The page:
"Nashville"'s back, and even though the show has had ample times to rest and reboot, it returns with some of the same problems it had last season. Cheesy plot twists? They spring up like stubborn kudzu, weighed down with some redundant flashbacks (Deacon was a drunk! We know!). But who cares? We find out what happened to Rayna and Deacon! That's the important part, isn't it?
Rayna's in a coma, at least for a little while. The question of whether or not Rayna or Deacon survived the season-ending car crash is pretty quickly resolved, which is probably for the best. Sticking Connie Britton in a hospital bed with her eyes closed for more than one episode would be a tremendous waste of talent, and this show relies on solid actors to sell the suds. So, even though we start with Deacon in jail and Rayna in a coma, by the end of the episode he's free and she's had a miraculous recovery. Does it make sense? Probably not. But I'd rather have a soapy plot twist here than too much energy spent on this...
Deacon is an idiot. It's perfectly in character for Deacon to claim he was driving the car. It's also believable that the cops just took his word for it and stuck him in jail. It's also an eye-rolling cliche. Plus, it's not like Rayna was going to go to jail for flipping her car, as no other vehicle was involved in the crash. So he just took the blame... because he thinks eating prison food for thirty years is sufficient punishment for being a drunk?
The big surprise, really, is that he got the world's best public defender, who investigated a hospital file (which, given the fact that Rayna is hugely famous, wasn't easily accessible) to find out that Rayna's bruises indicated she was the driver. Most public defenders are doing well to remember their client's names and not be physically crushed by the weight of all their case files. It was a nice detail (though unnecessary, given that Rayna ultimately got Deacon cleared) that indicated that this Nashville is actually somewhere between the real Tennessee and rich peoples' heaven. But, hey, at least it wrapped up a storyline that could have dragged on and on. Let Deacon dwell on his mistakes (as Teddy surely seethes) while not wearing an orange jumpsuit. There's no reason we should have to suffer, too.
Juliette is a not-so-evil genius. I had to laugh when Juliette, staring (seemingly soulfully) at the television footage about Rayna, reveals why she's really upset -- Rayna's accident is going to TOTALLY ruin her album drop! Oh, I have missed Juliette so. But she got perhaps the best storyline of the show, as circumstances force her, Scrooge-like, to examine her past through Rayna's present. Ironically, I can think of so, so many real stars who've staged "tributes" like the one Juliette makes to Rayna. That her visit to the hospital is innocently derailed by Maddie gives Hayden Panettiere a chance to show us vulnerable Juliette again, which is always a good thing. Was the staring at a picture of her mom and a Rayna CD cover over the top and unnecessary? Yes, but her invitation to Maddie to call her anytime (and Maddie's revelation about Deacon being her daddy) was not only a sweet moment, but opens a door to future teen drama down the road. Let's hope the show doesn't drop this ball.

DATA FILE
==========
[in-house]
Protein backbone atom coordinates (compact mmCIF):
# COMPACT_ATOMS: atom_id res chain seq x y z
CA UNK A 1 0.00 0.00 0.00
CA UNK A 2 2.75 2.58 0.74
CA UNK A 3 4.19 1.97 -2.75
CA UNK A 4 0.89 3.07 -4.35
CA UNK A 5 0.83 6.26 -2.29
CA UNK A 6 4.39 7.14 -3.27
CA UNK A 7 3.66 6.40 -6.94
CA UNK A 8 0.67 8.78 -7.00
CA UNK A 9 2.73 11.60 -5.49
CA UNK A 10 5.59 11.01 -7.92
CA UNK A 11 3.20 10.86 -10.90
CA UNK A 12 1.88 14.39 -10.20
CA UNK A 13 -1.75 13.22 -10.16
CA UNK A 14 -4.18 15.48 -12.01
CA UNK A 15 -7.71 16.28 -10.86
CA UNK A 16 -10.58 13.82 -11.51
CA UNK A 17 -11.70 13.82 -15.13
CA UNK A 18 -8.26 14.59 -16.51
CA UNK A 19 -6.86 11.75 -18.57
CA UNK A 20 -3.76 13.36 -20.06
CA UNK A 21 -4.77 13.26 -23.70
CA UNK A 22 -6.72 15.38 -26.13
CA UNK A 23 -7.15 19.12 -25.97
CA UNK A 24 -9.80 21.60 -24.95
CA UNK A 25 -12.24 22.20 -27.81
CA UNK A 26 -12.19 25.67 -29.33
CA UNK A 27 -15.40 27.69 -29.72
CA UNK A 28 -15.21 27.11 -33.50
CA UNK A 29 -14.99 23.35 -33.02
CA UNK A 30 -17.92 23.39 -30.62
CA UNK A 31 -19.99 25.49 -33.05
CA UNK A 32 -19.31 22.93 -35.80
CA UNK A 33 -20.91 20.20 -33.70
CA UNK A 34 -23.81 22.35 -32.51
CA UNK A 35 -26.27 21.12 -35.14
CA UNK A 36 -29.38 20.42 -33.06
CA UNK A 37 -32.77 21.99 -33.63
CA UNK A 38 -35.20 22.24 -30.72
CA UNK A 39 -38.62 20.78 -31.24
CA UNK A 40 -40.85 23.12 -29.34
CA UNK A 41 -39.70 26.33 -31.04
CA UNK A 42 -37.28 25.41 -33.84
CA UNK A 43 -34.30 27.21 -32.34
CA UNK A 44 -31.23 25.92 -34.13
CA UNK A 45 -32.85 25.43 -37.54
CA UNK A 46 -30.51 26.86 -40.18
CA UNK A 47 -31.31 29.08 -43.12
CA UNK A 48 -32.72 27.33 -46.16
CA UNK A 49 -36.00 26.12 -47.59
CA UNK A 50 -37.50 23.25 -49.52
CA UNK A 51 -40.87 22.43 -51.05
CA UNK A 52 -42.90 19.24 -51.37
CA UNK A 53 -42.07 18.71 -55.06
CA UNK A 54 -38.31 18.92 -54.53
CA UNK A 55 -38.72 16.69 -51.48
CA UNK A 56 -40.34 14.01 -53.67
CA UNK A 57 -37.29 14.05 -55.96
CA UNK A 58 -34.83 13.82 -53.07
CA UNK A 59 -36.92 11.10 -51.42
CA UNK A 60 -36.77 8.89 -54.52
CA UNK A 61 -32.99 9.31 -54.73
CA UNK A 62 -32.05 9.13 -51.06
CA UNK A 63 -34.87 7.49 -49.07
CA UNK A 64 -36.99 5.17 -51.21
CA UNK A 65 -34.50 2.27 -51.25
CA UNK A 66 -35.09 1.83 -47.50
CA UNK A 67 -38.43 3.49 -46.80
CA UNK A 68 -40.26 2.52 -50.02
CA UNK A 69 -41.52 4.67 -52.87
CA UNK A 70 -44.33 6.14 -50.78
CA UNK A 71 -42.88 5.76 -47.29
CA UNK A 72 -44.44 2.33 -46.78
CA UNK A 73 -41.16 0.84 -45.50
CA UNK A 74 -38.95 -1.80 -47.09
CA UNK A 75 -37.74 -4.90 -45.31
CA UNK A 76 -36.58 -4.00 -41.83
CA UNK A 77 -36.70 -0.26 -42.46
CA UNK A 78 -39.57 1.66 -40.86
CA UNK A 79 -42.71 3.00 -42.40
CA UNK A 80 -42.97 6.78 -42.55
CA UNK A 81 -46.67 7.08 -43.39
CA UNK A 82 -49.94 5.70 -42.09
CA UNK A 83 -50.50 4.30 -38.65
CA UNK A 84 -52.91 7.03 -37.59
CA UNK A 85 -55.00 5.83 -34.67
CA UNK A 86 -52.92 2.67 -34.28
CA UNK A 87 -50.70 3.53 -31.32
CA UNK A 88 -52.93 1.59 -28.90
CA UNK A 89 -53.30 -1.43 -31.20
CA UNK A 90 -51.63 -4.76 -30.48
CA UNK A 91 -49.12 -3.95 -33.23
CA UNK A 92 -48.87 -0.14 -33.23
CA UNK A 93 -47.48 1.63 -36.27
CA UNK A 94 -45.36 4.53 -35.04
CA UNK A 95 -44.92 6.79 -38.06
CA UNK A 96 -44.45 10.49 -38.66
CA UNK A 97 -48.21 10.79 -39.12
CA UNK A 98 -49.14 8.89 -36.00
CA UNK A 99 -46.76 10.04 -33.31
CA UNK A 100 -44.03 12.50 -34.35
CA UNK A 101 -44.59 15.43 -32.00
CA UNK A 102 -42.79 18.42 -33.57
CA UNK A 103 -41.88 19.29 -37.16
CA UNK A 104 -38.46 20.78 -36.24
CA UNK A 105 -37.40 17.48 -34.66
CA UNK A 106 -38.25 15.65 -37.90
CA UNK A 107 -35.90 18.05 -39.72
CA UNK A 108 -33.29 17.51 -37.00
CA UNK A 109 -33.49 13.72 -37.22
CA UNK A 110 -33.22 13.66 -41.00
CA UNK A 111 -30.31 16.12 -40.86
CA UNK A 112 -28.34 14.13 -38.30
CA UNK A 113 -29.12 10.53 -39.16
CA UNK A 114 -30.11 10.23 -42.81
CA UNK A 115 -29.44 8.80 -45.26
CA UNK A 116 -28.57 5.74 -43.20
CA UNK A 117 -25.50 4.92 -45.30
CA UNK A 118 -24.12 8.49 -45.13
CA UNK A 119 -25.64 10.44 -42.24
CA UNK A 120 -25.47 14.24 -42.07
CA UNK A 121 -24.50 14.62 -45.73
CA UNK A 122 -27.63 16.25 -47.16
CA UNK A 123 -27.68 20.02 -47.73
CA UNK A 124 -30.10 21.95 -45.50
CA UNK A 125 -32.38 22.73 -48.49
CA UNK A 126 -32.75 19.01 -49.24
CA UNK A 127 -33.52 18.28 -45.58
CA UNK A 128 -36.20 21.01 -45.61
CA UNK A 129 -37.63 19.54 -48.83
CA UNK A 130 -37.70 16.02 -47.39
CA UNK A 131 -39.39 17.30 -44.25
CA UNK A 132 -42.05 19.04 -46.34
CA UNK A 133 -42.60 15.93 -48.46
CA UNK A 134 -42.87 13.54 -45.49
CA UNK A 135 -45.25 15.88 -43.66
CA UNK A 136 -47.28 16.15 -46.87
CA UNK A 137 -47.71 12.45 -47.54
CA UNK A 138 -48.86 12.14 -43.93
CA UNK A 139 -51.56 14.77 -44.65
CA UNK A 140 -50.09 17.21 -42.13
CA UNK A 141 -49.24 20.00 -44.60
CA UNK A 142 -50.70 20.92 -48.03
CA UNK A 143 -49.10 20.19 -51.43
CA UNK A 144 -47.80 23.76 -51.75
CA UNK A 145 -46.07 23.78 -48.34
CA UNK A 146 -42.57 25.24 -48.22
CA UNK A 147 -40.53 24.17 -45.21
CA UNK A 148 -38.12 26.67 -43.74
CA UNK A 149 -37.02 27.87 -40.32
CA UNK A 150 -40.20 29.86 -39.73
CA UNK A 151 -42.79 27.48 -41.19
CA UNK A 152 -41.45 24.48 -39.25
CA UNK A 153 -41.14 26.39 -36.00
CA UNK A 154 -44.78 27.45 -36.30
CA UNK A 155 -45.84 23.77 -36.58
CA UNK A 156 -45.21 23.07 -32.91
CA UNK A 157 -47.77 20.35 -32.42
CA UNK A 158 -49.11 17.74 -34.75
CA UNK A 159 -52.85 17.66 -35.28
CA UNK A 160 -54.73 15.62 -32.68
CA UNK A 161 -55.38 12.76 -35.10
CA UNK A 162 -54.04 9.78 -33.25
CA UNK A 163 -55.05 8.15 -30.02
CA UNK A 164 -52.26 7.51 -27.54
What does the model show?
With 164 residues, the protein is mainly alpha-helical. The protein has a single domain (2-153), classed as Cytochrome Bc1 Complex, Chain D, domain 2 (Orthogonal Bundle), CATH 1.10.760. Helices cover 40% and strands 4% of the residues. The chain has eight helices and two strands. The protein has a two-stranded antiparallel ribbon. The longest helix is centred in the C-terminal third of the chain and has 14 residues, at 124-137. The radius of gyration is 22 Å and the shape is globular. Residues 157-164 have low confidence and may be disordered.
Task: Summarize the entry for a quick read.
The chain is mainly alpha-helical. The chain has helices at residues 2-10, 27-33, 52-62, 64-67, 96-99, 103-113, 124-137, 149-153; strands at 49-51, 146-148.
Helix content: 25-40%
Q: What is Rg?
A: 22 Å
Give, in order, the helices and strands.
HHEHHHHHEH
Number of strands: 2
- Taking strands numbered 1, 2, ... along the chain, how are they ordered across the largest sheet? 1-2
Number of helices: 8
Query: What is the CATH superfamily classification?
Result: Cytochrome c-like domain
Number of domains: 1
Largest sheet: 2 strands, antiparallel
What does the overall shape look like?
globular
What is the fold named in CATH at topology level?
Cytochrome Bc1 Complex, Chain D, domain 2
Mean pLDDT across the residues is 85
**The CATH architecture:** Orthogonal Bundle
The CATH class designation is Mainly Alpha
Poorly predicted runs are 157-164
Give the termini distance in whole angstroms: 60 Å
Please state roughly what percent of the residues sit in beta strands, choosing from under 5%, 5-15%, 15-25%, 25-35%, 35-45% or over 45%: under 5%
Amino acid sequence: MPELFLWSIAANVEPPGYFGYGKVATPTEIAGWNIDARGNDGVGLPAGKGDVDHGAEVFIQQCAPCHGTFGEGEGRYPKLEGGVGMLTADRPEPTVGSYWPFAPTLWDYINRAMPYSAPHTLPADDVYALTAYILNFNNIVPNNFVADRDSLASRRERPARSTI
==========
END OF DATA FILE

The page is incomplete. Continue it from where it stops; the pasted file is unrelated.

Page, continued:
Gunnar and Scarlett are kaput… for now. So, Scarlett said no, apparently because Gunnar isn't entirely grown up. I'm sure we'll get more details later, though the subsequent break-up seems amicable (Scarlett asks Gunnar to sing with her at her going away party) and the door is open to a reunion. Avery, of course, sees this as his Big Opportunity, but I'm pretty sure Scarlett is going to enjoy being single for a minute. Unless she needs dates to buy her dinner, as I would think her album deal with Rayna might be on hold for a while.
Oh, Peggy! As we recall, Peggy was pregnant and, guess what? Teddy doesn't care. Peggy looks at him with a big, sad-eyed-dog-painting expression, and he tells her he'll give her some money. That would be enough for most women to take a hint, but Peggy is crazy in a "Fatal Attraction" way. Thus, while Teddy is saying, "Get lost, weirdo," she's thinking, "Where should I put my clothes? Peggy suffers a miscarriage, but instead of telling Teddy the truth, she says she's heard the baby's heartbeat. I see a future of fake maternity clothes, a padded belly and eventually, cutting a real baby out of some poor woman's stomach. It's going to be like an episode of "48 Hours" come to life!
Will likes his closet, thank you. It's a minor storyline, but it's one of the ones I find most interesting, really. Now that Scarlett's moved out, Will has moved in, which gives us a lot more time to see him trying to convince himself he's straight while he kisses guys and occasionally beats them up for liking him. While singers come roaring out of the closet in the rock and pop worlds, it's not as common when it comes to country. This was a smart C storyline for the writers to pursue, and I have high hopes.
Lamar did what? So, the cliffhanger for the episode is kinda weird, as it's about how Lamar may have killed Rayna's mom. It's not what I was expecting, but not because it's a shock but because Lamar doesn't seem to be that important to the rest of the show at the moment. But now that Rayna's talking and probably not singing, she and her sister will have plenty of time to dig up the past (hopefully not with cheesy flashbacks that show us what we already know, as we saw in this episode) and possibly scream at their dad through the Lucite prison visiting wall.
What did you think of the premiere? Were you surprised Gunnar and Scarlett are through? What did you think of Deacon's decision to go to jail?